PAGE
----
• PSK decreased expression of protein kinase C-α and
increased PKC-δ and PKC-ε levels, showing that PSK
and IL-2 stimulate NK cells through different effects
on PKC isoenzymes (Garcia-Lora et al., 2003).
• PSP reversed the suppression of natural killer cell func-
tion, as well as lymphocyte proliferation and white
blood cell production caused by cyclophosphamide
(Qian et al., 1997). PSP given orally ( 1.2 g/day) did not
offer protective effects against cyclophosphamide-
induced cytopenia in rats. PSP at 1.2 g/day did not
change neutrophil, lymphocyte, or platelet counts in
rats given i.v. cyclophosphamide (60 mg/kg) (Zhou et
• PSK (oral) restored antibody (IgG) production in mice
bearing Sarcoma 180, but not in nor mal mice (Hobbs,
• Prolongs survival time of irradiated mice (Zhu,
• Reversed the atrophy of the gut-associated lymphoid
tissue (GALT) in rats and increased the number of
Peyer’s patches and the number of thoracic duct
lymphocytes induced by total parenteral nutrition, a
condition that is known to happen in humans (Naka-
saki et al., 1997).
• After lethal infection of mice by Candida albicans,
i.p. administration of PSK doubled survival time. The
most effective dose was 250 mg/kg 24 hours before
infection. PSK induced gene expression of TNF-α and
increased leukocyte function after 6 hours to 1 day af-
ter inoculation. β-1-3-glucanase signiﬁ cantly reduced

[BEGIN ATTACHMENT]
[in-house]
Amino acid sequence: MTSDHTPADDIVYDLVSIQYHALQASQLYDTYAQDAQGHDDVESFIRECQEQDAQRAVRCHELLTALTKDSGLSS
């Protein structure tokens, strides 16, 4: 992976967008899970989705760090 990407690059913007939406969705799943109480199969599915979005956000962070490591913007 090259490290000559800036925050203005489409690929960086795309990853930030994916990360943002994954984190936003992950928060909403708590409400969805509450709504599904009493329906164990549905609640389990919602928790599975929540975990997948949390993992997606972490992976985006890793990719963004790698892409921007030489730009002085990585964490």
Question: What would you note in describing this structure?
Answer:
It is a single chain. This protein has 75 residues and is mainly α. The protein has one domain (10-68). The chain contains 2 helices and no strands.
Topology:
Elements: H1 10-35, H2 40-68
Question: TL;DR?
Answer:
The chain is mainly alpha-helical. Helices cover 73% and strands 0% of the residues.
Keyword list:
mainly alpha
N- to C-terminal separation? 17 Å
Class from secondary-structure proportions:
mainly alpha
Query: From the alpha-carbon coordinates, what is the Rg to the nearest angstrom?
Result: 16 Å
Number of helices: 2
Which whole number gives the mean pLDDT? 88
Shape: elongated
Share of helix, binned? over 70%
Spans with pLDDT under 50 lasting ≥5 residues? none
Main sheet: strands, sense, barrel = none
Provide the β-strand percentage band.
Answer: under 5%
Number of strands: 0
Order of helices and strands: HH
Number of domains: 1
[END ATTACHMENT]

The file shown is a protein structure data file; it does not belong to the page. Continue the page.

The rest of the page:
the effectiveness of PSK (Ohmura et al., 2001).
• Increased granulocyte production in cyclo phos-
phamide-induced granulocytopenia in mice i.p.
(Mayer and Drews, 1980).
• PSK had a suppressive effect on the expression of heat
shock protein HSP47 and HSP60 but not HSP72/73 at
the mRNA level in human tumor strains. HSPs have
recently been suggested as an autoantigen in autoim-
mune diseases (Morino et al., 1997).
• An extracellular polysaccharide from Trametes
versicolor administered to mice (i.p. or p.o.) chal-
lenged with herpes or inﬂ uenza viruses caused se-
rum interferon induction and inhibited a decrease in
phagocytosis (Chen, 1986).
Effects of PSK on Prostaglandin
PSK stimulated PG-12 production from rat endo-
thelial cells, suppressing platelet aggregation (Taka-
hata et al., 1985).
Antitumor, Anticancer Effects
In many parts of the world, Tv extracts are used
as adjuvants in cancer therapy, both as prescription
items, for instance in Japan, or as dietary supple-